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Shawn Clayton
Shawn Clayton

The Unknowable Universe: How Science, Mathematics, and Logic Fail to Explain Everything



The Outer Limits of Reason: What Science, Mathematics, and Logic Cannot Tell Us




Have you ever wondered about the limits of human knowledge? Is there anything that we cannot know, understand, or explain? Are there some questions that are beyond the reach of science, mathematics, and logic? If so, what are they and why are they so hard?




the outer limits of reason epub 11


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In this article, we will explore some of the fascinating topics covered in the book The Outer Limits of Reason by Noson S. Yanofsky. This book investigates what cannot be known, rather than what is known, about the universe. It studies what science, mathematics, and logic tell us cannot be revealed, predicted, described, or proven. It challenges our deep-seated beliefs about our universe, our rationality, and ourselves.


We will look at some of the examples of unsolvable problems, paradoxes, and limitations that Yanofsky discusses in his book. We will see how language, philosophy, infinity, computing, physics, and mathematics can lead us to surprising and sometimes disturbing conclusions. We will also see how these topics reveal the structure and limitations of reason itself.


Language Paradoxes




Language is one of the most powerful tools that humans have. We use language to communicate, express ourselves, learn new things, create art, and much more. Language is also the basis of logic and reasoning. However, language can also be used to create nonsensical sentences and paradoxical statements. These are sentences or statements that either have no meaning or contradict themselves.


Philosophical Conundrums




Philosophy is the study of the fundamental nature of reality, knowledge, and existence. Philosophy can help us to examine our assumptions, clarify our concepts, and challenge our common sense. However, philosophy can also lead us to conundrums that seem to defy logic and rationality. These are problems or puzzles that have no clear or satisfactory solution.


The Liar Paradox




One of the most famous paradoxes in philosophy is the liar paradox. This paradox involves a statement that refers to itself and contradicts itself. For example, consider the statement:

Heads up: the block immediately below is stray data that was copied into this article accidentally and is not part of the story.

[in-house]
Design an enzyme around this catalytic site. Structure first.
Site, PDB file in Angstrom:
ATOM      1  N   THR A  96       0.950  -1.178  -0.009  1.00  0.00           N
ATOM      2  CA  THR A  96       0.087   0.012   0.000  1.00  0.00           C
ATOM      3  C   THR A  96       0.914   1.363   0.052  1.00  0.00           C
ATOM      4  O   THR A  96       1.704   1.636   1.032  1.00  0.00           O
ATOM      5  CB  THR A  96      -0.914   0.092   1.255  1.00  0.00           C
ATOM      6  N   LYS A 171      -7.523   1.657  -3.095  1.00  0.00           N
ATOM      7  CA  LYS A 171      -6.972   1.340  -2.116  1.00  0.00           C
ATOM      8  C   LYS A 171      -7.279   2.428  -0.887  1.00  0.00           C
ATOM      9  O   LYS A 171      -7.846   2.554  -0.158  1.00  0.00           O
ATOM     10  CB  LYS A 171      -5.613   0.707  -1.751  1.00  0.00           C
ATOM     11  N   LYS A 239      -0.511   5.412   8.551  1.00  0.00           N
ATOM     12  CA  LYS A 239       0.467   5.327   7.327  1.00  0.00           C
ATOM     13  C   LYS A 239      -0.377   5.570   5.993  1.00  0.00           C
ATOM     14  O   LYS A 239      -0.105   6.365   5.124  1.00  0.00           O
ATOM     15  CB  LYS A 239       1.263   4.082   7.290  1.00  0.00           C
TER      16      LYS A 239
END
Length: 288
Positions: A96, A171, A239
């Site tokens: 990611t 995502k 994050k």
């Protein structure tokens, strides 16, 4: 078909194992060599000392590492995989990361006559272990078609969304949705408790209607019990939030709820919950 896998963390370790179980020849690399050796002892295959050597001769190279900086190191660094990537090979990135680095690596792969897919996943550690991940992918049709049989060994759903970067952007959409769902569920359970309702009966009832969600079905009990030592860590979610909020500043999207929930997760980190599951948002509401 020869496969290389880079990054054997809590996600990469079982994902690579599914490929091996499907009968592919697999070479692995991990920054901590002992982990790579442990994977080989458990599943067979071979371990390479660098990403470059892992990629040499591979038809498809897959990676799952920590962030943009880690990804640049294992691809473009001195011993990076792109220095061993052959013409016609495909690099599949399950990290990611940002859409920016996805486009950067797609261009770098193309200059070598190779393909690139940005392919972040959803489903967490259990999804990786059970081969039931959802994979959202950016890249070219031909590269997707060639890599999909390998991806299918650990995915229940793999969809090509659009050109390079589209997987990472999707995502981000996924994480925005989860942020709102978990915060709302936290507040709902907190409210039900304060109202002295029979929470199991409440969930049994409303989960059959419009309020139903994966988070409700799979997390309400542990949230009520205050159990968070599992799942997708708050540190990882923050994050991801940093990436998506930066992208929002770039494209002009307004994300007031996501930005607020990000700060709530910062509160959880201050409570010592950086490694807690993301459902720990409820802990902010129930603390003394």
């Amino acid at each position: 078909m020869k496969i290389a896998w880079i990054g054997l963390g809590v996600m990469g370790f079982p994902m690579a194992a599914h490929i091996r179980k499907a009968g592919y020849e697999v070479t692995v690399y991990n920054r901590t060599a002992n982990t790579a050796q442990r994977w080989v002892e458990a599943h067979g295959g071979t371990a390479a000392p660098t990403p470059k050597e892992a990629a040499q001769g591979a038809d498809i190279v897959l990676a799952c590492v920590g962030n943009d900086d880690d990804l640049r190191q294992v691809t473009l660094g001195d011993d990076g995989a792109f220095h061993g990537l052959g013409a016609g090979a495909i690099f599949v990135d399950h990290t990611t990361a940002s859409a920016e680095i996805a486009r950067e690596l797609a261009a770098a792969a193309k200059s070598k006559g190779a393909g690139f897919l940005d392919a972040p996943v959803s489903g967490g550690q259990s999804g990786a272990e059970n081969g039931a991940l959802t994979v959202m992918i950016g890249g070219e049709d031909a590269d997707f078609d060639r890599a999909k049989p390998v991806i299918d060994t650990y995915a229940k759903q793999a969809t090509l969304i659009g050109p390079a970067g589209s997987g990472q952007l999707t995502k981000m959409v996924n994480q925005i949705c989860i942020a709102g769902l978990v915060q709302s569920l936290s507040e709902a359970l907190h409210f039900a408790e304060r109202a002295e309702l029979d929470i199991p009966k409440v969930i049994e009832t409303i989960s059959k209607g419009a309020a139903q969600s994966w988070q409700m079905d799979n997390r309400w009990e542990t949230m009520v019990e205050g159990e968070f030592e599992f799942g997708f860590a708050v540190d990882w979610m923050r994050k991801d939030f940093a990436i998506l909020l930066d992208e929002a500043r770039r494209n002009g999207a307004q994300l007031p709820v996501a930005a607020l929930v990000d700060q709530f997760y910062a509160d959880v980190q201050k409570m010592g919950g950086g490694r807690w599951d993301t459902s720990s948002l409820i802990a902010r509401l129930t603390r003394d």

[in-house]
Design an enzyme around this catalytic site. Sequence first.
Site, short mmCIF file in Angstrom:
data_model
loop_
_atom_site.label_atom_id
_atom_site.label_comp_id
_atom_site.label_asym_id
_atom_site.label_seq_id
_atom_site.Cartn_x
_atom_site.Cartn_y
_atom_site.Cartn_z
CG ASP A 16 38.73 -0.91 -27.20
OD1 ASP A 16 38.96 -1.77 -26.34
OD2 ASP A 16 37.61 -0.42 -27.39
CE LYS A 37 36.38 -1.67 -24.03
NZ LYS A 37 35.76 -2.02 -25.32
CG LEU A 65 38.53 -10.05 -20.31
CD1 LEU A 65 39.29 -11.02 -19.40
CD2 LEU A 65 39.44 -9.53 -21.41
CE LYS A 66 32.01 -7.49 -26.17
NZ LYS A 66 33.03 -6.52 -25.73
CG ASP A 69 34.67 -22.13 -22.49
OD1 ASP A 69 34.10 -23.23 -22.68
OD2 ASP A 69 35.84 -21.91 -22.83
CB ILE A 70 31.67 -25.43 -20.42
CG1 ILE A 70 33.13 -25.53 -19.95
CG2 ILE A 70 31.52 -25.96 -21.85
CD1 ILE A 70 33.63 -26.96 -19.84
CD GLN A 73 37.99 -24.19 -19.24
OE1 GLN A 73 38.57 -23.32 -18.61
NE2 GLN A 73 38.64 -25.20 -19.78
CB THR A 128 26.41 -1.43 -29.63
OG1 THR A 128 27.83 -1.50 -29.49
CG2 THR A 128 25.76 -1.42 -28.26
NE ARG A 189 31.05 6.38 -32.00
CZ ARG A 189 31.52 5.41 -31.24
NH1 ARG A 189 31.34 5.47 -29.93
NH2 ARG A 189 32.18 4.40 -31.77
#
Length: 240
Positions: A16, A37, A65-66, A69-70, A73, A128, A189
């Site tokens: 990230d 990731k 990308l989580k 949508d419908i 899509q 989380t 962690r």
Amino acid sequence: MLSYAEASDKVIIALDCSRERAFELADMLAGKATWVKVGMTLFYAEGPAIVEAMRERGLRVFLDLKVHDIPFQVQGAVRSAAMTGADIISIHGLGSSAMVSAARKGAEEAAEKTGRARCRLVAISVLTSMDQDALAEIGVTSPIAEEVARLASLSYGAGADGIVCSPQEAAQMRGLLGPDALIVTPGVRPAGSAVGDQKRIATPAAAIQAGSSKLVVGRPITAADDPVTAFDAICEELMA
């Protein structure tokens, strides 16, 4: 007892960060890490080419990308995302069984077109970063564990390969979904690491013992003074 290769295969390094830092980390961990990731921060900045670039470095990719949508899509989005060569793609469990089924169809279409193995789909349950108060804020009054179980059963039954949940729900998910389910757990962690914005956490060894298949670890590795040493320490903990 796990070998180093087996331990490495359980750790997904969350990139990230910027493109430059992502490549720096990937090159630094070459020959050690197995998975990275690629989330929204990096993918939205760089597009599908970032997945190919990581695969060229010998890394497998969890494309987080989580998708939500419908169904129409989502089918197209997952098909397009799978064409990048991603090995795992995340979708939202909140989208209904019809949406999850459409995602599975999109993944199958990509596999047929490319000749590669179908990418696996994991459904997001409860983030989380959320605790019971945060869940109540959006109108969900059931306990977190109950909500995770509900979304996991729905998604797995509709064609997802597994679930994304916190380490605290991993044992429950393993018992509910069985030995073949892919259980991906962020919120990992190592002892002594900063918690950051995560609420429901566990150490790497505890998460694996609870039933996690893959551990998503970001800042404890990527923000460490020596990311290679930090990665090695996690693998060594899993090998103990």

This statement is false.


Is this statement true or false? If it is true, then it is false, as it says. But if it is false, then it is true, as it says. Either way, we get a contradiction. This paradox shows that self-referential statements can be problematic and lead to logical inconsistencies.


The Sorites Paradox




Another paradox in philosophy is the sorites paradox. This paradox involves a vague statement that leads to a heap of problems. For example, consider the statement:



A heap of sand has at least 1000 grains of sand.


This statement seems reasonable enough. But what if we remove one grain of sand from the heap? Is it still a heap? What if we remove another grain? And another? At what point does the heap stop being a heap? There seems to be no clear answer. This paradox shows that vague statements can be problematic and lead to borderline cases.


Infinity Puzzles




Infinity is one of the most fascinating and mysterious concepts in mathematics. Infinity can be used to describe something that has no end, no limit, or no boundary. Infinity can also be used to create mind-boggling scenarios and paradoxes. These are situations or arguments that involve infinite quantities or processes.


Different Levels of Infinity




One of the most surprising discoveries in mathematics is that there are different levels of infinity. Some infinities are bigger than others, and some infinities are uncountable. This means that there are some sets of things that have more elements than others, even though they are both infinite. And there are some sets of things that cannot be matched one-to-one with the natural numbers, even though they are both infinite.


Cantor's Diagonal Argument




One of the proofs that shows that there are different levels of infinity is Cantor's diagonal argument. This proof shows that there are more real numbers than natural numbers. The real numbers are the numbers that can have decimals, such as 3.14 or 0.333... The natural numbers are the counting numbers, such as 1, 2, 3, and so on.


The proof works by assuming that there is a one-to-one correspondence between the real numbers and the natural numbers. That is, we assume that we can list all the real numbers in a table like this:



10.123456789...


20.987654321...


30.314159265...


40.271828182...


50.141421356...


60.693147180...


70.577215664...


80.414213562...


90.301029995...


100.176091259...


......


We then construct a new real number by taking the diagonal digits of this table and changing them in some way. For example, we can add 1 to each digit (and wrap around 9 to 0). This gives us a new real number like this:



0.234768091...


Hilbert's Hotel




Another example that shows how infinite sets can behave strangely is Hilbert's hotel. This is a thought experiment that involves a hotel with infinitely many rooms, all of which are occupied. The hotel can still accommodate new guests, even infinitely many of them, by shifting the existing guests to different rooms.


For example, if one new guest arrives, the hotel can move the guest in room 1 to room 2, the guest in room 2 to room 3, and so on. This frees up room 1 for the new guest. If infinitely many new guests arrive, the hotel can move the guest in room 1 to room 2, the guest in room 2 to room 4, the guest in room 3 to room 6, and so on. This frees up all the odd-numbered rooms for the new guests.